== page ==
Spotlight on Minneapolis

“There are no Black people in Minnesota! The only Black people in Minnesota are Prince and Kirby Puckett!” — Chris Rock, “Bring The Pain”

At Decipher City, we spend a great deal of time discussing equity and space because the built environment is where humans make our homes. That unfortunately means we spend a great deal of time talking about the negative effects of policies that are designed to enrich small portions of the population while destroying communities. However, when we hear good stories, we hope to share as many as we can with our followers because those looking to equitably improve their cities need as much guidance as possible. Therefore, this week, we are turning our spotlight on the city of Minneapolis.

Most of what people have heard about Minnesota and Black people in general has revolved around Philando Castile, a Black man who was shot in broad daylight by a police officer who was later acquitted for that crime. With that kind of coverage, it can be very difficult to recover any goodwill from the community, especially once those types of stories become national news. However, this is when equity-minded local government decision-makers can start changing the direction of their constituents. It seems like Minneapolis elected people who actually pay attention to the fact that living in a cold, dark state can be colder and darker for marginalized people and distressed communities.

Making property affordable can be difficult considering the fact that real estate investors tend to buy large portions of communities, destroy the buildings, and then erect unaffordable housing in the name of “density.” The flip side is that even when the structures remain, investors cringe at the idea of keeping their facilities livable because maintenance costs money. Slumlords have reigned unabashedly over several cities, and Minneapolis was no exception, but the city council was looking to make an example of at least one of them. In September, the council found its target and revoked 40 licenses of Mahmood Khan, who had made a habit of keeping his properties rundown while still demanding to turn a profit. Additionally, the city council agreed to buy the properties, and made them available to residents Khan was looking to evict. While still working to acquire the rest of his properties, Minneapolis has demonstrated that it is willing to stand up for its electorate.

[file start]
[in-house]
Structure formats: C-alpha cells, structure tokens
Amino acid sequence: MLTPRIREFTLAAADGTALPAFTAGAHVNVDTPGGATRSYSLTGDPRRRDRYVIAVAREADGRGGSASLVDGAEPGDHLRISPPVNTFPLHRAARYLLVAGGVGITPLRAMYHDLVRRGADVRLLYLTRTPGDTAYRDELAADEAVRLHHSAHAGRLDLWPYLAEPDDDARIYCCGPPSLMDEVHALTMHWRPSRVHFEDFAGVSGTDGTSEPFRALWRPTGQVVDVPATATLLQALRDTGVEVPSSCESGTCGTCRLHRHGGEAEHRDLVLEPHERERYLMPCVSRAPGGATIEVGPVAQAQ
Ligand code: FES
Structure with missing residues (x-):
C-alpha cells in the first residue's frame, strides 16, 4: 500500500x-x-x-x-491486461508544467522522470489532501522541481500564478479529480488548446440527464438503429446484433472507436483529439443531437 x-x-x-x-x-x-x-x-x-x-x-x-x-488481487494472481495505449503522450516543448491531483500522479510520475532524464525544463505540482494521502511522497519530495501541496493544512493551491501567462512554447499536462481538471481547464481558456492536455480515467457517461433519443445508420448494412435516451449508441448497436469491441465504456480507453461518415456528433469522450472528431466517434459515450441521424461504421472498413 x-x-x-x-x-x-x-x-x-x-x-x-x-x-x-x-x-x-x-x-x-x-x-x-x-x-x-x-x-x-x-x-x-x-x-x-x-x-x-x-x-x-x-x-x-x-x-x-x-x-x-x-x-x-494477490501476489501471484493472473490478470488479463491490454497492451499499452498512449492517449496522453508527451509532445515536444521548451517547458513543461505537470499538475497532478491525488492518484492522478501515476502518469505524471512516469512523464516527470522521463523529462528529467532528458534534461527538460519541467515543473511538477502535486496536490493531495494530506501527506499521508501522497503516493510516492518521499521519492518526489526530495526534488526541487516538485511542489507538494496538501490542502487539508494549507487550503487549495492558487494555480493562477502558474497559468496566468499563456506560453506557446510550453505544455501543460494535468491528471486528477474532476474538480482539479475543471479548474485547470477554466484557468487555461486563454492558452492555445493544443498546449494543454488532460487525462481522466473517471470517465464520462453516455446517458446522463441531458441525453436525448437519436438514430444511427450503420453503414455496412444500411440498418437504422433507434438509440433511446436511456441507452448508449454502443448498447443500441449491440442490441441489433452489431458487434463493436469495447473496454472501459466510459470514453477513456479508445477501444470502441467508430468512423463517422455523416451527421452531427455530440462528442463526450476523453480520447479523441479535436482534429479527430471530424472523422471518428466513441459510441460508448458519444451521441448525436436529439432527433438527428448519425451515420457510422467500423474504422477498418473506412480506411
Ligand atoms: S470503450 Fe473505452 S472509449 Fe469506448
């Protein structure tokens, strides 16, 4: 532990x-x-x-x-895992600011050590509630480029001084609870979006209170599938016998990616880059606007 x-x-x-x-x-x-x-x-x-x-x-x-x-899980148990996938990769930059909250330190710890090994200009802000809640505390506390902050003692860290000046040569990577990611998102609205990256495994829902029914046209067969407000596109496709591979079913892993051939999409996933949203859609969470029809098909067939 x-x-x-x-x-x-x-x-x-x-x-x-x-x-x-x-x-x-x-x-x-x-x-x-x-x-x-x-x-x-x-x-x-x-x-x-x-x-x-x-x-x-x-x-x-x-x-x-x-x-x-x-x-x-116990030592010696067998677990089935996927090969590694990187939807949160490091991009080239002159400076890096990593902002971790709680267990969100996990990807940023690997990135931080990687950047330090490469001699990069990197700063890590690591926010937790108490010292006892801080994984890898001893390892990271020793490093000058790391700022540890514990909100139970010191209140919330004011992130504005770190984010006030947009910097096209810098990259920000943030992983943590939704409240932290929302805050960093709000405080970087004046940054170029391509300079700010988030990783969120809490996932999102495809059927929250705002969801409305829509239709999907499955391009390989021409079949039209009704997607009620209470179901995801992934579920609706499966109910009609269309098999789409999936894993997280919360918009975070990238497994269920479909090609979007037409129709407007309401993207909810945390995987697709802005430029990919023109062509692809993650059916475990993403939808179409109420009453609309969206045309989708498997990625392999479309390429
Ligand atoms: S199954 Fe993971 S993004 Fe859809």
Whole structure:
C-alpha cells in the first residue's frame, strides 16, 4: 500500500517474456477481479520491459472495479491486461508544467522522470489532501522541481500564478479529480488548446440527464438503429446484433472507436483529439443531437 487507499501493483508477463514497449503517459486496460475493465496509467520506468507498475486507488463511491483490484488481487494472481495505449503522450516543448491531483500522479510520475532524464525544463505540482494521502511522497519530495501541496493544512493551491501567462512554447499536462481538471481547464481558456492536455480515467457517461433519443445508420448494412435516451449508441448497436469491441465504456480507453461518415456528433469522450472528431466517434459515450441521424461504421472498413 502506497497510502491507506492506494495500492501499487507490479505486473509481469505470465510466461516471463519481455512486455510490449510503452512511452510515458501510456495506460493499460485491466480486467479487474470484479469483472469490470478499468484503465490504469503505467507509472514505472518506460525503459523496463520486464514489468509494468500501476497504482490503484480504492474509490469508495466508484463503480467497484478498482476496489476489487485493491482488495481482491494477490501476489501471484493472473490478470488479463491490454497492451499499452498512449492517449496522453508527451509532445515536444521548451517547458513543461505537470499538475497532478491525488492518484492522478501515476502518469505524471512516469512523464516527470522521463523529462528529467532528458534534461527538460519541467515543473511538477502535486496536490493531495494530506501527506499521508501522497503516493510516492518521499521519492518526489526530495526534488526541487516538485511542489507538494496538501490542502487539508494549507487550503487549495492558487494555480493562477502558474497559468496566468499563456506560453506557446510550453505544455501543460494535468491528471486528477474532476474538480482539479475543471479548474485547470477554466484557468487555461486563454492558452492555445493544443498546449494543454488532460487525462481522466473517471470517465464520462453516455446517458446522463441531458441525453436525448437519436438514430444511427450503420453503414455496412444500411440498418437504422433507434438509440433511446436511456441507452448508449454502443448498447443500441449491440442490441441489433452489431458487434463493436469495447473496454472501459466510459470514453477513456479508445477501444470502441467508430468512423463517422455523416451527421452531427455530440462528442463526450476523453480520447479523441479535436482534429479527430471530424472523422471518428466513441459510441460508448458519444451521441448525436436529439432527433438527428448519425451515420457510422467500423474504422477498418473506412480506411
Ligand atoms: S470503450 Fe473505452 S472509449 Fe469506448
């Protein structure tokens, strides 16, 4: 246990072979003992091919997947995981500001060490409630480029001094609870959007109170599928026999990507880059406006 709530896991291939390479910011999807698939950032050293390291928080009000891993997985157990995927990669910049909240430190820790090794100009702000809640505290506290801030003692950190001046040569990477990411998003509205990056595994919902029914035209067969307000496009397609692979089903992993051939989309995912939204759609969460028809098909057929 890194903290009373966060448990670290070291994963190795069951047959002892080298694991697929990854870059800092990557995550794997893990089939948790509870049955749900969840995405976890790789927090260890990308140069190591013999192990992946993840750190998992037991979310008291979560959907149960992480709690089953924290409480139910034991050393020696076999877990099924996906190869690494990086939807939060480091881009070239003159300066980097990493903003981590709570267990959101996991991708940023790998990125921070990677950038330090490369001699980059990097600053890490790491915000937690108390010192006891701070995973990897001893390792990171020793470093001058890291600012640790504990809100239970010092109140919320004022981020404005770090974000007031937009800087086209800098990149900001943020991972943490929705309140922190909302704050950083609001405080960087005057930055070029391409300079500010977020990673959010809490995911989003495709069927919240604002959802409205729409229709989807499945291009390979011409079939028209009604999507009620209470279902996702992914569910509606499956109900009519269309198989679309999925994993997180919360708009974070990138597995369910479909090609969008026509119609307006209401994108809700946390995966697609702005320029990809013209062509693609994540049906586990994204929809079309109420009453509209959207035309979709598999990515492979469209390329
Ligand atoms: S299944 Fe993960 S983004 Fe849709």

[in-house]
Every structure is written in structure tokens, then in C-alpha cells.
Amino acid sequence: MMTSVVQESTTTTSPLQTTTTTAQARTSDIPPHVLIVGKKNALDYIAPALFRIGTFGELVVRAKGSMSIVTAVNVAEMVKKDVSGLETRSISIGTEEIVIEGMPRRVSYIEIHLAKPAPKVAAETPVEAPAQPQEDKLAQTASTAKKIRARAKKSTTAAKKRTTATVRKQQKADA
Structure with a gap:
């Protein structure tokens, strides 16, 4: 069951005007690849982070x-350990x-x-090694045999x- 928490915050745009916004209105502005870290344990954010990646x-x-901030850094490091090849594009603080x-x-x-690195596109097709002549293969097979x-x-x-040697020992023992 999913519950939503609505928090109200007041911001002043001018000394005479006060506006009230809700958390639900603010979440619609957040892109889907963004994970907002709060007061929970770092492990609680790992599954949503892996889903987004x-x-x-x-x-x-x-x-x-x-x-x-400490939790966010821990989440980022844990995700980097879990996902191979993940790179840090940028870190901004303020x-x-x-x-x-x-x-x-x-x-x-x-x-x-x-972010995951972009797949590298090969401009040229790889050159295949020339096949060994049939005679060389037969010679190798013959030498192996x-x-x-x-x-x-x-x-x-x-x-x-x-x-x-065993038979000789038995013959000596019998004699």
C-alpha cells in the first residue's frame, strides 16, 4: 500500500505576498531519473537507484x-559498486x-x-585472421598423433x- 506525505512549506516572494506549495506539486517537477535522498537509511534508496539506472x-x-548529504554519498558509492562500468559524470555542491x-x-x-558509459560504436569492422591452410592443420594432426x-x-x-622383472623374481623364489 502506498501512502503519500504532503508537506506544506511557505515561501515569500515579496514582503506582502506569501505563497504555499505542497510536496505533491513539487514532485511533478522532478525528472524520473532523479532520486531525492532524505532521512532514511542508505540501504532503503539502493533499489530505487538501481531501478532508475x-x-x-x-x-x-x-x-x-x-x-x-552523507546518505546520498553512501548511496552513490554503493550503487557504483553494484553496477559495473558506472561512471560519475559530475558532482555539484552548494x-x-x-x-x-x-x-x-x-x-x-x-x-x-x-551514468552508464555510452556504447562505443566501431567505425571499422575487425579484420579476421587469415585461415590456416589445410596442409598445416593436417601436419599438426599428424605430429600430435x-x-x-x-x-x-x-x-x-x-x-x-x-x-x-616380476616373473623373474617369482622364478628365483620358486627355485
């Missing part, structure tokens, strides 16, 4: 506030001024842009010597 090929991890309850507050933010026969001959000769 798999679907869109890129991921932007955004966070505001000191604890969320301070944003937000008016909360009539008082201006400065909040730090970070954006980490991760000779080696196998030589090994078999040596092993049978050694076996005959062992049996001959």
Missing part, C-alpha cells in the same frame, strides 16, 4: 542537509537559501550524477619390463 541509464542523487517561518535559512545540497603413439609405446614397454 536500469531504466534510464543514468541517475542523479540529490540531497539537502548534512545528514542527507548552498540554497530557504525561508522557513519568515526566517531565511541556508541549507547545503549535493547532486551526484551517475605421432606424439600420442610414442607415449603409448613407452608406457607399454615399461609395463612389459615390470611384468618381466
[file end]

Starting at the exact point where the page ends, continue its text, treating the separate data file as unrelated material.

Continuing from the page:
Another aspect of living in Minneapolis is that it becomes colder in the winter than many other places, and that can cost people a great deal of money. It gets so cold in Minnesota that there is actually a law, called the “Cold Weather Rule,” which requires that utility companies offer alternatives to shutting off the heat. This would seem a strange place to start working on solar power, but that is exactly what Jamez Staples, a Black man from a Black neighborhood, decided to do in Minneapolis. Seeing that renewable energy is a source of job creation, Staples helped promote education on solar energy and train workers to install them on homes. In fact, his organization produced so much energy that Minneapolis agreed to purchase 20% of its power, making it possible for homes to start sustaining themselves. Forging partnerships with organizations mired in equity can build stronger communities for longer periods of time.

Today, Minneapolis has made history by ending single family zoning. For those who sputter in protest, context is needed. Originally, single-family zoning was a measure designed to provide quality housing for White communities while demanding that Black and brown communities live within multifamily housing. The principle was that White families deserved nicer housing than communities of color, and this zoning tactic alone has maintained segregation for years despite all efforts. By determining that large swaths of land can no longer be zoned this way, Minneapolis has confronted not only racial segregation but socioeconomic segregation as well. Once these issues have been addressed, the city can work on becoming even more hospitable to all populations, not simply the wealthy.

None of these solutions by themselves will solve inequity in large cities, even in Minneapolis, and there is still a great deal of work to do. Nevertheless, Minneapolis is paving the way to solutions for all of its constituents to live with dignity. Cities are made up of people, and Minneapolis has demonstrated that it has not forgotten that addressing the needs of the people is actually the responsibility of local government decision-makers. Good luck, Minneapolis, and stay vigilant.

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